Caitlin, Dee, and Mercedez fight their final battle and look back on Angelic Layer as a too-rare example of women-led sports anime.
Date Recorded: October 3rd, 2020
Hosts: Caitlin, Dee, and Mercedez
0:01:15 Technical warning
0:03:34 Beach episode and gender roles
0:15:01 Misaki and Ojiro
0:19:47 Ichan and Shuko
0:25:37 Misaki and Shuko’s reunion
0:40:10 Women-led fighting and sports series
0:45:04 Is it feminist?
0:50:37 Final thoughts
CAITLIN: Hello and welcome to Chatty AF, the Anime Feminist podcast. Welcome to the fourth and final episode of our watchalong of the anime adaptation of Angelic Layer. My name is Caitlin. I’m a writer and editor for Anime Feminist, as well as a reviewer for Anime News Network and my own blog, I Have a Heroine Problem. Today I am once again joined by fellow AniFem staffers, Dee and Mercedez.
MERCEDEZ: Hi. [Chuckles]
MERCEDEZ: My name’s Mercedez, and I am also an editor and soon-to-be contributing writer for Anime Feminist. I do freelance translation for Japanese to English. And I also write on my blog, Backlit Pixels.
DEE: And I’m Dee. I’m one of the managing editors at AniFem. You can find most of my writings on my blog, The Josei Next Door. I do need to update it. Hey, by the time this goes live, maybe I will have. And you can also hang out with me on Twitter @joseinextdoor.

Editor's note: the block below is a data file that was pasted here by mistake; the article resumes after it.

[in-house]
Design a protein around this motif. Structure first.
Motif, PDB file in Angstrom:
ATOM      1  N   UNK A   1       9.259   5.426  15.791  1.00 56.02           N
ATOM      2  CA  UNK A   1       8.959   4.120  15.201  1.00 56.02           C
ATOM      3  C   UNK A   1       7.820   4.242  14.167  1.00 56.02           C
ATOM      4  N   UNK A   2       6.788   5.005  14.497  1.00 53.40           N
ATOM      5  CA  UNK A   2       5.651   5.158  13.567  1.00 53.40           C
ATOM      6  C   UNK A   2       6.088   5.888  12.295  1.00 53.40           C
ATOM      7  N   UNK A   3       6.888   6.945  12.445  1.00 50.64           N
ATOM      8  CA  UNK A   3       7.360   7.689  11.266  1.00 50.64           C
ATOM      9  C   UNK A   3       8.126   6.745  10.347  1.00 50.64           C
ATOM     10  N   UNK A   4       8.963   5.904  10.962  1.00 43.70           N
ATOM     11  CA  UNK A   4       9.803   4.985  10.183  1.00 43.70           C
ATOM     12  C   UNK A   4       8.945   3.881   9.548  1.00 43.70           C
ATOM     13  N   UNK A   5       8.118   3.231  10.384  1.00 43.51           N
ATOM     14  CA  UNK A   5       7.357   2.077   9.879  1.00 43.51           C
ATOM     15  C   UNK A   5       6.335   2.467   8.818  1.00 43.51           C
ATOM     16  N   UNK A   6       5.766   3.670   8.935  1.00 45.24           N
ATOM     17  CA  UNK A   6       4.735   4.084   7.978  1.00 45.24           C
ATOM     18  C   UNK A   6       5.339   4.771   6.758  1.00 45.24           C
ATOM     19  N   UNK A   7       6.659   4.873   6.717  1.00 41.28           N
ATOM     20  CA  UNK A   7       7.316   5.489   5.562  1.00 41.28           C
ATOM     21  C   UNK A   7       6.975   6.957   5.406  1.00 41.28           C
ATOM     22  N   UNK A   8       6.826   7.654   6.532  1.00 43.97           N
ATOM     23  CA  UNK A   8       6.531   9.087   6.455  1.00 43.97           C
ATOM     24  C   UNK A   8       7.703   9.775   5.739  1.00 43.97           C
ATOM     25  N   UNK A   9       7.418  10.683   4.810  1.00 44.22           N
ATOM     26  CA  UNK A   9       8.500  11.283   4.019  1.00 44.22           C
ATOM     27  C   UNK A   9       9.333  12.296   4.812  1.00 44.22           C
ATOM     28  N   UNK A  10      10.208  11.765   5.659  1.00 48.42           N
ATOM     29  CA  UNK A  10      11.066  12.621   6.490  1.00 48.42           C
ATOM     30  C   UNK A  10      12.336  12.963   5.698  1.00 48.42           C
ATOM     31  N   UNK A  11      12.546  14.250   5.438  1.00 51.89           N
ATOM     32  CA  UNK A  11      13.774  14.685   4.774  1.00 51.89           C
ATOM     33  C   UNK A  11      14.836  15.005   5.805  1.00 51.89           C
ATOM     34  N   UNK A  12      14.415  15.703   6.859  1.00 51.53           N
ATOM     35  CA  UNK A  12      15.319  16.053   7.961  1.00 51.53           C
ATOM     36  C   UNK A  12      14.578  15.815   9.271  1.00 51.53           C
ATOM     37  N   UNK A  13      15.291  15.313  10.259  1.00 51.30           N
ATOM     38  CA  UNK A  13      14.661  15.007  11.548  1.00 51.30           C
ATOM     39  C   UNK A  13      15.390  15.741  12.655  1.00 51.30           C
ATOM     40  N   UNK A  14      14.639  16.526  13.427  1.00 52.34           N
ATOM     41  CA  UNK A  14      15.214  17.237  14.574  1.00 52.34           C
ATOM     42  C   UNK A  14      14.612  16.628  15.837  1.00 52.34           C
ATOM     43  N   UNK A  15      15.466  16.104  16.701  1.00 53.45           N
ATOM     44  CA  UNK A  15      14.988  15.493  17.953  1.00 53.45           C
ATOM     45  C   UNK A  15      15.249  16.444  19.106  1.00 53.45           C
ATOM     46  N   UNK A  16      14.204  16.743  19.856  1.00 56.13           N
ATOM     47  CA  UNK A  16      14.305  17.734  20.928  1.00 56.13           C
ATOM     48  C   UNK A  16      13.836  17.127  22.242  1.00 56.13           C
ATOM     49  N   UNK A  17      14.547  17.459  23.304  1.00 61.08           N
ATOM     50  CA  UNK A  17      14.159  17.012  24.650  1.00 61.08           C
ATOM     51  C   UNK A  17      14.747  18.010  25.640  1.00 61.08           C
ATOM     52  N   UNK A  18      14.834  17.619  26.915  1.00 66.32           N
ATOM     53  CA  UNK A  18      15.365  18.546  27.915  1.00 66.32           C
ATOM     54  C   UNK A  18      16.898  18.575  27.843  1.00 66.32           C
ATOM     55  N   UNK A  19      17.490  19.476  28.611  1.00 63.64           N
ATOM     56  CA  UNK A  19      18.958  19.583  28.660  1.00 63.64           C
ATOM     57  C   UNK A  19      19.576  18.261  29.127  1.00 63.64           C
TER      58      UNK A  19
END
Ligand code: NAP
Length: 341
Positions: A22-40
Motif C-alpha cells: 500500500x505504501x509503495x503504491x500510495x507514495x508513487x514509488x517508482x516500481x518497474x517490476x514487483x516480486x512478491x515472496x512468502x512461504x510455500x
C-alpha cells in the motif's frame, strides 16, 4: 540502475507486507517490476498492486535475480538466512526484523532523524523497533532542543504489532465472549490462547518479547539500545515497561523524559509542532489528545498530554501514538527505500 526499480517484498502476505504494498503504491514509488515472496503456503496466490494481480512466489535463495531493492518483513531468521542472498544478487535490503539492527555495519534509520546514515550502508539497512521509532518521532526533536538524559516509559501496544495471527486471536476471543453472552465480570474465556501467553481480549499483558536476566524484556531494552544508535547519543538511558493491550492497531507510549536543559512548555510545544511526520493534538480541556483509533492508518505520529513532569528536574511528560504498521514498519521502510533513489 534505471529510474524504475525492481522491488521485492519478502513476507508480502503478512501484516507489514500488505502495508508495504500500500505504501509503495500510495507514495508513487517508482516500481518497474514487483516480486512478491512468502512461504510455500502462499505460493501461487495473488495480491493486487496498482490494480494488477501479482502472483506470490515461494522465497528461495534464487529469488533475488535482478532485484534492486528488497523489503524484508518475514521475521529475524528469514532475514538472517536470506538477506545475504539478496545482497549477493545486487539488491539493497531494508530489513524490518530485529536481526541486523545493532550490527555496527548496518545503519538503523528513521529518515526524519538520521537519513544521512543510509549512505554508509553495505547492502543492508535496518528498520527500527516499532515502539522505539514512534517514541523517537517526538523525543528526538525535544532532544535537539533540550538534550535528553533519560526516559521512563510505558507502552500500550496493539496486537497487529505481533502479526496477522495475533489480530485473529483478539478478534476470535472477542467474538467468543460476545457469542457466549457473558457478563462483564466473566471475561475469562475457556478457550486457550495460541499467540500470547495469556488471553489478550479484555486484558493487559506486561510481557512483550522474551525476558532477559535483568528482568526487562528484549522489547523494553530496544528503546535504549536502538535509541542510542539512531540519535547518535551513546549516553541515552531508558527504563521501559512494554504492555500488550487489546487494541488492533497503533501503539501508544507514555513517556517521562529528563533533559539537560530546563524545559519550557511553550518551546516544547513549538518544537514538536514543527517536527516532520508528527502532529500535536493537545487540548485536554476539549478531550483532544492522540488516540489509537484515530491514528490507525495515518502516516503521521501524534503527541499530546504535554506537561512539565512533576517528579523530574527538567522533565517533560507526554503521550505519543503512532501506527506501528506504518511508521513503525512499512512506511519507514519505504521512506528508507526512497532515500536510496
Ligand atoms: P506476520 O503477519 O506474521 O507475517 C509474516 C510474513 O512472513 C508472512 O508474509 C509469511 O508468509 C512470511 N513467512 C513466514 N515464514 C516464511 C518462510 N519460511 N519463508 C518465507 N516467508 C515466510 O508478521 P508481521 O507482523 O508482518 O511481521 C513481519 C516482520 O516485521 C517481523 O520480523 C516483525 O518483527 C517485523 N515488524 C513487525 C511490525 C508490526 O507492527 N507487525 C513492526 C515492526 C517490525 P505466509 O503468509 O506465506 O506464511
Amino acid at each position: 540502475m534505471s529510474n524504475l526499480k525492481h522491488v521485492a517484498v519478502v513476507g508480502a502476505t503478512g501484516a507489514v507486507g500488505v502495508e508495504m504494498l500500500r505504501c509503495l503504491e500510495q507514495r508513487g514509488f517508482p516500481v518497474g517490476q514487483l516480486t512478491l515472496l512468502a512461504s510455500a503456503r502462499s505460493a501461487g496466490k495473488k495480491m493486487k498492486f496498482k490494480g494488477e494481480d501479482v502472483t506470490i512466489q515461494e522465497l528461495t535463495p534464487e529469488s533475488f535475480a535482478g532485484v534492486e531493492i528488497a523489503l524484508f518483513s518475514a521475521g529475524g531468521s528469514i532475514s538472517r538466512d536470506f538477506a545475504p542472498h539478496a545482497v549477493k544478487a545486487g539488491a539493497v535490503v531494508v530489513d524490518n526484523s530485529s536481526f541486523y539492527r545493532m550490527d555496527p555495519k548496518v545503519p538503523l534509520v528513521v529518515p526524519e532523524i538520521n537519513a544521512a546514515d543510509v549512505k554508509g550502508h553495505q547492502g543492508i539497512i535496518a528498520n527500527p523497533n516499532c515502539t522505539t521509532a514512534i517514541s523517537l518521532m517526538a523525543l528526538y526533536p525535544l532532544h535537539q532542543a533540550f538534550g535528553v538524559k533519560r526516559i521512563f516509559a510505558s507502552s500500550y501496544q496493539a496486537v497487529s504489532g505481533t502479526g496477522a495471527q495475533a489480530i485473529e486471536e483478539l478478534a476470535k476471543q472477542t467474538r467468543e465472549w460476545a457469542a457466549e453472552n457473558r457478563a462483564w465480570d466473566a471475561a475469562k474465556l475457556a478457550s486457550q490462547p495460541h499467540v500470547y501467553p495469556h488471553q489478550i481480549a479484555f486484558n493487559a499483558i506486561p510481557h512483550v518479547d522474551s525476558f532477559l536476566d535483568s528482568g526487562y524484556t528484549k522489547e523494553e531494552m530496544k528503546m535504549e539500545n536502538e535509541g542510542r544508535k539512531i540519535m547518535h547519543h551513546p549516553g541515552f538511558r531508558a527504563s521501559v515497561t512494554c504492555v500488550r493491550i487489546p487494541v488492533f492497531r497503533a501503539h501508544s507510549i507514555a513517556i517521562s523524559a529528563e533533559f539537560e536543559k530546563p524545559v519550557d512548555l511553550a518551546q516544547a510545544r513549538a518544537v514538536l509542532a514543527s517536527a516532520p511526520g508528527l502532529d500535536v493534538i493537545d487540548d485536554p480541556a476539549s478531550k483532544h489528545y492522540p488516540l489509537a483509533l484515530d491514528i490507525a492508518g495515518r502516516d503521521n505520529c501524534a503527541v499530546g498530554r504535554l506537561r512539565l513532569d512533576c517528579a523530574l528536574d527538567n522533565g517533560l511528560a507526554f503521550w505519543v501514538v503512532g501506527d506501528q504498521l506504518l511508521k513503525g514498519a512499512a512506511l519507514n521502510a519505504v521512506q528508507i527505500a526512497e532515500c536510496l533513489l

CAITLIN: Just a quick technical warning: my computer is still broken. It’s currently in the shop. Both hard drives are totally busted, so I am still recording on headphones that are not meant for audio recording. If the audio quality sucks, rest assured, whatever we end up doing next, I will sound better.
DEE: So, look forward to that, folks.
CAITLIN: Yay! You can hear my dulcet tones. Let’s talk about Angelic Layer. Let’s just jump right in, because we’ve got a lot to talk about this time.
MERCEDEZ: I have a lot of white-hot rage.
CAITLIN: White-hot rage!
MERCEDEZ: I was telling Dee before we started, I got very angry and then emotional at some points.
CAITLIN: It was very emotional. So, let’s save the white-hot rage, probably.
MERCEDEZ: [crosstalk] Okay, I’ll temper my anger.
CAITLIN: Well, don’t feel like you have to temper it. But I want to save the stronger discussion for the end. Well, not for the end, but I want to get through some of the other stuff first, because I know once we get going, it’s going to be all-in until the end of the podcast.
MERCEDEZ: Yeah. Oh yeah. Oh yeah.
CAITLIN: So, let’s do it episode by episode. The first episode we watched this week was about the new Angel type and it was kind of a nothing filler episode. I don’t really remember it.